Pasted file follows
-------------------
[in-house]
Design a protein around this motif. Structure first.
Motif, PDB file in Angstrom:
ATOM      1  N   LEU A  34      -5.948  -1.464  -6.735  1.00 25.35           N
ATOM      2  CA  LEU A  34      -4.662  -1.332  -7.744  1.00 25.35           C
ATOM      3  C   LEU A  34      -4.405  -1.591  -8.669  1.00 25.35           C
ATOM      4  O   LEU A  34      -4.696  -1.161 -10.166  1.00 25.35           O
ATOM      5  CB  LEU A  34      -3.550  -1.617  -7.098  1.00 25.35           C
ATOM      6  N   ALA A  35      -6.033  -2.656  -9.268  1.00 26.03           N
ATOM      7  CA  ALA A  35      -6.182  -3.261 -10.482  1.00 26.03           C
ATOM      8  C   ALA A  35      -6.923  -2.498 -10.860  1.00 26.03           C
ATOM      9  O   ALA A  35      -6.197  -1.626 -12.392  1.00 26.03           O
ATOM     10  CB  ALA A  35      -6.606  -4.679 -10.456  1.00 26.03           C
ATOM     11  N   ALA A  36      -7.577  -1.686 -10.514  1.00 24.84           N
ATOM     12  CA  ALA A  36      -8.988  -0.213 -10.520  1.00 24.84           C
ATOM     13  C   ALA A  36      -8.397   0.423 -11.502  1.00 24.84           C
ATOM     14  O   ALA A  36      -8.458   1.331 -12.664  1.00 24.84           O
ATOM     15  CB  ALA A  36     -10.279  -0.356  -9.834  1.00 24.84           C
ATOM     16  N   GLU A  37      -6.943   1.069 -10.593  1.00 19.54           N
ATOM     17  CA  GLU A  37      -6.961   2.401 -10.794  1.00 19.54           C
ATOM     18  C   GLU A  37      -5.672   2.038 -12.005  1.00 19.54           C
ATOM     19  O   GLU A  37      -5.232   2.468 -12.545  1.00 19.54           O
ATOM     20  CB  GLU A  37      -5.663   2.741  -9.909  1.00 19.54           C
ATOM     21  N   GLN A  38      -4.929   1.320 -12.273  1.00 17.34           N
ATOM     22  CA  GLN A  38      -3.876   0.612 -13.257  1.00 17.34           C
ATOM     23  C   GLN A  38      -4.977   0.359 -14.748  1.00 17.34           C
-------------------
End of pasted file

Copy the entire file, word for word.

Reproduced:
[in-house]
Design a protein around this motif. Structure first.
Motif, PDB file in Angstrom:
ATOM      1  N   LEU A  34      -5.948  -1.464  -6.735  1.00 25.35           N
ATOM      2  CA  LEU A  34      -4.662  -1.332  -7.744  1.00 25.35           C
ATOM      3  C   LEU A  34      -4.405  -1.591  -8.669  1.00 25.35           C
ATOM      4  O   LEU A  34      -4.696  -1.161 -10.166  1.00 25.35           O
ATOM      5  CB  LEU A  34      -3.550  -1.617  -7.098  1.00 25.35           C
ATOM      6  N   ALA A  35      -6.033  -2.656  -9.268  1.00 26.03           N
ATOM      7  CA  ALA A  35      -6.182  -3.261 -10.482  1.00 26.03           C
ATOM      8  C   ALA A  35      -6.923  -2.498 -10.860  1.00 26.03           C
ATOM      9  O   ALA A  35      -6.197  -1.626 -12.392  1.00 26.03           O
ATOM     10  CB  ALA A  35      -6.606  -4.679 -10.456  1.00 26.03           C
ATOM     11  N   ALA A  36      -7.577  -1.686 -10.514  1.00 24.84           N
ATOM     12  CA  ALA A  36      -8.988  -0.213 -10.520  1.00 24.84           C
ATOM     13  C   ALA A  36      -8.397   0.423 -11.502  1.00 24.84           C
ATOM     14  O   ALA A  36      -8.458   1.331 -12.664  1.00 24.84           O
ATOM     15  CB  ALA A  36     -10.279  -0.356  -9.834  1.00 24.84           C
ATOM     16  N   GLU A  37      -6.943   1.069 -10.593  1.00 19.54           N
ATOM     17  CA  GLU A  37      -6.961   2.401 -10.794  1.00 19.54           C
ATOM     18  C   GLU A  37      -5.672   2.038 -12.005  1.00 19.54           C
ATOM     19  O   GLU A  37      -5.232   2.468 -12.545  1.00 19.54           O
ATOM     20  CB  GLU A  37      -5.663   2.741  -9.909  1.00 19.54           C
ATOM     21  N   GLN A  38      -4.929   1.320 -12.273  1.00 17.34           N
ATOM     22  CA  GLN A  38      -3.876   0.612 -13.257  1.00 17.34           C
ATOM     23  C   GLN A  38      -4.977   0.359 -14.748  1.00 17.34           C